Donald Trump argues that a complete lockdown (and possible economic collapse) would cost more lives than the virus itself. Where is the scientific proof of that assumption ? Show us a calculation ? How did Trump arrive at that conclusion ? Donald Trump just seems to make it up as he goes along, like the Rutte government with their ‘herd immunity’.

Rutte and Trump have assumptions and ideas that they seem to act on without any scientific basis. They are gambling with our lives, and the lives of our elderly and other risc-groups. It seems to me our governments are more interested in keeping the economy running, at the expense of human lives, and drag up all kinds of unproven assumptions to justify their ‘soft’ approach.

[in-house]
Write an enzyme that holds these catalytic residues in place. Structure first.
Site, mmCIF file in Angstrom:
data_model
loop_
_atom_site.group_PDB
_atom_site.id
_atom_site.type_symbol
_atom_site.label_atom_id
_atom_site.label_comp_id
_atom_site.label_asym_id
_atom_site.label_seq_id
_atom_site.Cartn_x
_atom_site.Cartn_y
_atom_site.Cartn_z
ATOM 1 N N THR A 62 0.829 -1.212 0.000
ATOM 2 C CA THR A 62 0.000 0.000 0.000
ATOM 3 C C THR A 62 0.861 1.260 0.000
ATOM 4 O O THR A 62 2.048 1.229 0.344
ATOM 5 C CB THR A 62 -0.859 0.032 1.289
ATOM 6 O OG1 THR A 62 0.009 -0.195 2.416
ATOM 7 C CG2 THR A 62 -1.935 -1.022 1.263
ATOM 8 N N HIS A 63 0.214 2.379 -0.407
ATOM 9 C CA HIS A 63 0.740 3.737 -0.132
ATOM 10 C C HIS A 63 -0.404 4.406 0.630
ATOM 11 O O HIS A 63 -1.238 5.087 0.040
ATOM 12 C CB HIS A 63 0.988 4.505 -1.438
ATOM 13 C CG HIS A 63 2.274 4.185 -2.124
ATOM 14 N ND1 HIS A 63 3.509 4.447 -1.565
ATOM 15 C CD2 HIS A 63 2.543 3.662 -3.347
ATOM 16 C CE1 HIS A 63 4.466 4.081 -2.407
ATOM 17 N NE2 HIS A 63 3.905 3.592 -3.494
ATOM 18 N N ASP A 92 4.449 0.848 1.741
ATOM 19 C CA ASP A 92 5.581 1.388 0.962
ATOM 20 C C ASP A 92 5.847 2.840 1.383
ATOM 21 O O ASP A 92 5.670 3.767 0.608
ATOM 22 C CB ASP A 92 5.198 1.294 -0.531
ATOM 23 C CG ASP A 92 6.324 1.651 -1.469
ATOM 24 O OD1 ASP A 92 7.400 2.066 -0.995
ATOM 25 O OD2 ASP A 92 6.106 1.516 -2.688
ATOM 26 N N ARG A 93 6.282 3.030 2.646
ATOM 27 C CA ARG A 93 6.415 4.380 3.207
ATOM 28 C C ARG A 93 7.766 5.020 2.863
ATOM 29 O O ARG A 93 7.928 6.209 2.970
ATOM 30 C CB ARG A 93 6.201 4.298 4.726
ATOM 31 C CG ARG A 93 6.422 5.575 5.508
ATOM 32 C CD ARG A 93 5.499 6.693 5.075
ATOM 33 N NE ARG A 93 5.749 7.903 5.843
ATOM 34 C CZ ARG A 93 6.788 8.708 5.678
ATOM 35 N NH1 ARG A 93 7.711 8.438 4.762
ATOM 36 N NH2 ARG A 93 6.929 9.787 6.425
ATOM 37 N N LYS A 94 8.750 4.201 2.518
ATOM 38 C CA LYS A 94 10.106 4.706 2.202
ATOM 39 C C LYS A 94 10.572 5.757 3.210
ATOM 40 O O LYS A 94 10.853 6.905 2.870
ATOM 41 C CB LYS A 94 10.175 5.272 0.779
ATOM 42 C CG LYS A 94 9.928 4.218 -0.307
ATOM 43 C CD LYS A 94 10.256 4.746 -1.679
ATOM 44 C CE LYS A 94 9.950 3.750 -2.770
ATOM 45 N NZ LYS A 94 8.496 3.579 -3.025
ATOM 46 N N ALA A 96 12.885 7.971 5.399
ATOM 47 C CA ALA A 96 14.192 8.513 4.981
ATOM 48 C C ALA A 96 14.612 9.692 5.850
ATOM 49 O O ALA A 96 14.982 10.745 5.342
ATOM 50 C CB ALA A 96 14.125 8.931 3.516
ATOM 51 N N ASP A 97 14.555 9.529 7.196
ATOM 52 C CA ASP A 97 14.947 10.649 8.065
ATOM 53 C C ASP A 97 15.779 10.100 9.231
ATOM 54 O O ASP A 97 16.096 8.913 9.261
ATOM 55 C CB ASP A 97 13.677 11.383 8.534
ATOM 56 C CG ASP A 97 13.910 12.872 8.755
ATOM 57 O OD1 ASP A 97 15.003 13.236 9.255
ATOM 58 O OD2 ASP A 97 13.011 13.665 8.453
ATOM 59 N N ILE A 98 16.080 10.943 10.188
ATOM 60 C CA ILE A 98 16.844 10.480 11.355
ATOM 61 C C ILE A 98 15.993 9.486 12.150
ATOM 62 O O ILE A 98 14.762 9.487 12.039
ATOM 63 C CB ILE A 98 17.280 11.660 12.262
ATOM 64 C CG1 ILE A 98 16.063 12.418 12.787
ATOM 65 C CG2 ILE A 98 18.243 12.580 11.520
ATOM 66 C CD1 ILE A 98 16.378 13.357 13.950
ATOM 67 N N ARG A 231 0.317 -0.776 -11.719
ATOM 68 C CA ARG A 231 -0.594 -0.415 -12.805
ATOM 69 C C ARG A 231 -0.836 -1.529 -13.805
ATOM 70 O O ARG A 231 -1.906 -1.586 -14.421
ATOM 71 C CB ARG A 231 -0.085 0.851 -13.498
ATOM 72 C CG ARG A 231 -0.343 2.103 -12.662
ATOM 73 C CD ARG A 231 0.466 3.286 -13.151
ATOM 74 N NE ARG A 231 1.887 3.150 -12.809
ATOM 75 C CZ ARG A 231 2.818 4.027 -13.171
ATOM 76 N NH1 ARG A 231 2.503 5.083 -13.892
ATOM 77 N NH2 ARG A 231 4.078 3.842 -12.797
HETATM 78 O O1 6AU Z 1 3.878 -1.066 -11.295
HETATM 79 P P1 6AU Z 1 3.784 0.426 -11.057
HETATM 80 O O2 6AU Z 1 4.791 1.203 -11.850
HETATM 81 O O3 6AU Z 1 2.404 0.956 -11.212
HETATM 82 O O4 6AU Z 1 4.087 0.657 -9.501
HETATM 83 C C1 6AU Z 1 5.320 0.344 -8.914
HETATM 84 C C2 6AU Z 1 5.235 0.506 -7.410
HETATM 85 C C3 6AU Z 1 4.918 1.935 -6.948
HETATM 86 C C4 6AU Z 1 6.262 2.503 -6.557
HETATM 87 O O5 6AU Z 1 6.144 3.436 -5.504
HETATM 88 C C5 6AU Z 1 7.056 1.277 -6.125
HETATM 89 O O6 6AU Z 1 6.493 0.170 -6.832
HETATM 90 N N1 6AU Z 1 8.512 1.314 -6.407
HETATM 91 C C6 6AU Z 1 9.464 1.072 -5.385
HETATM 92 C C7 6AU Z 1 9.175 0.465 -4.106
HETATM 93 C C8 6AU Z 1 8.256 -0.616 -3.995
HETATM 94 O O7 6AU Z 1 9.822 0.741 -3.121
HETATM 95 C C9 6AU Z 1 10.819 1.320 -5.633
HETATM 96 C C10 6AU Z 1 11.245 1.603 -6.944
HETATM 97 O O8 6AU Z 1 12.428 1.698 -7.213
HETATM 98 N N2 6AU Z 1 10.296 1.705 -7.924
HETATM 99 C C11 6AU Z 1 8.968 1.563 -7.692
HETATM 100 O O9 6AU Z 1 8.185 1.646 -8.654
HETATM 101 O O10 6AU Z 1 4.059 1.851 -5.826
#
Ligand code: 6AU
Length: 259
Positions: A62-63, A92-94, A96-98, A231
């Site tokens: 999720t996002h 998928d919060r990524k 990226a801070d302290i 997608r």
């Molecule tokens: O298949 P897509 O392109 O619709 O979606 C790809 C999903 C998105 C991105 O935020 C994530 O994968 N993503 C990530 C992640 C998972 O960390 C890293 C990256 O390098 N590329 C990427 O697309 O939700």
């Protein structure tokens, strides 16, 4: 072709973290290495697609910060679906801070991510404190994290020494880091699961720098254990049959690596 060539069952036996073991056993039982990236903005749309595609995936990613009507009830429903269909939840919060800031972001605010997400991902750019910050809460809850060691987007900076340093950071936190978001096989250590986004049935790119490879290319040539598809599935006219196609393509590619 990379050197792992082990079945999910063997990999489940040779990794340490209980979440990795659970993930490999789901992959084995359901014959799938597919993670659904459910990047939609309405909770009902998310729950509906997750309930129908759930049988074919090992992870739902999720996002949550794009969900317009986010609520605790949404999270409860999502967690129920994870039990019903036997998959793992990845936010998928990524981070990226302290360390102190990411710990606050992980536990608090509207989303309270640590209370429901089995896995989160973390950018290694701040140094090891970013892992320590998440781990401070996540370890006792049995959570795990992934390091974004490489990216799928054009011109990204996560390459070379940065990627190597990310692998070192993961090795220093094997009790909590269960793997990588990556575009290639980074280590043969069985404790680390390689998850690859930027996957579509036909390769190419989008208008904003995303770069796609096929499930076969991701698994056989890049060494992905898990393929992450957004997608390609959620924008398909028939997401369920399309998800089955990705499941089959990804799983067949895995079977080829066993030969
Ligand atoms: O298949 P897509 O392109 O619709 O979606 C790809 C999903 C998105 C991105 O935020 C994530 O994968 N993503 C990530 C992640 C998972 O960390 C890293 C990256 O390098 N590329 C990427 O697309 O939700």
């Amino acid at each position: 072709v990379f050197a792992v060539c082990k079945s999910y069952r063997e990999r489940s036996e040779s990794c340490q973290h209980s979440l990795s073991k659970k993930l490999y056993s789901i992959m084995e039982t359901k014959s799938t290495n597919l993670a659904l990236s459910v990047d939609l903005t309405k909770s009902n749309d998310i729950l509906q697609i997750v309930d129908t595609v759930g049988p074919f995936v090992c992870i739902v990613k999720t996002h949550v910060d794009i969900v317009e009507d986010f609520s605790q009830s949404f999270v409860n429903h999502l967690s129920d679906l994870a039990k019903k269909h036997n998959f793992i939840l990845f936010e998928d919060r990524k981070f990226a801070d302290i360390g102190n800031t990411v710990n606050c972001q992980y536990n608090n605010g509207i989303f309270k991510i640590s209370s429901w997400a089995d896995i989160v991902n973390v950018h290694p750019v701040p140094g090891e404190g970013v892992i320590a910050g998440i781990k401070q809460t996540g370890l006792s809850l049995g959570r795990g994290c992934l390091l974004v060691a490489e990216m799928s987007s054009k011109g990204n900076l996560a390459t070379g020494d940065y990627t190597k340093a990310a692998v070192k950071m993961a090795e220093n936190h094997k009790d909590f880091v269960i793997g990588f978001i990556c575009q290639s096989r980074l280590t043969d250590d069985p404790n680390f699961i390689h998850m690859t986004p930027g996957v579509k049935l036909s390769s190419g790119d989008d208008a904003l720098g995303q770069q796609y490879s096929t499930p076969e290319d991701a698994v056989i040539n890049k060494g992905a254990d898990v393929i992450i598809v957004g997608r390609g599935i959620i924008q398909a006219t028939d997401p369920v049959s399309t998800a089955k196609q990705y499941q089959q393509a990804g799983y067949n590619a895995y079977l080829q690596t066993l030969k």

With Corona on the loose and our health care systems overloading, we can kiss the economy goodbye. If the Netherlands and the USA don’t go for a lockdown and a complete eradication of the virus, we could well become the ‘pariah’ of the international community for the next years. We won’t be travelling abroad because no country will allow any of our people to cross the border, given the risk of people being infected. Even one infected person can start another outbreak and make another lockdown necessary.

We have an old proverb here, ‘zachte heelmeesters maken stinkende wonden’ (soft physician make stinking wounds), that implies that if you don’t take the necessary harsh measures, you end up with festering wounds. In this case, a lot of severely ill and dead people. There is a lot of wisdom in that proverb.

I hope y’all stay healthy.

bitcoin blockchain cryptocurrency juust

5 threats to Bitcoin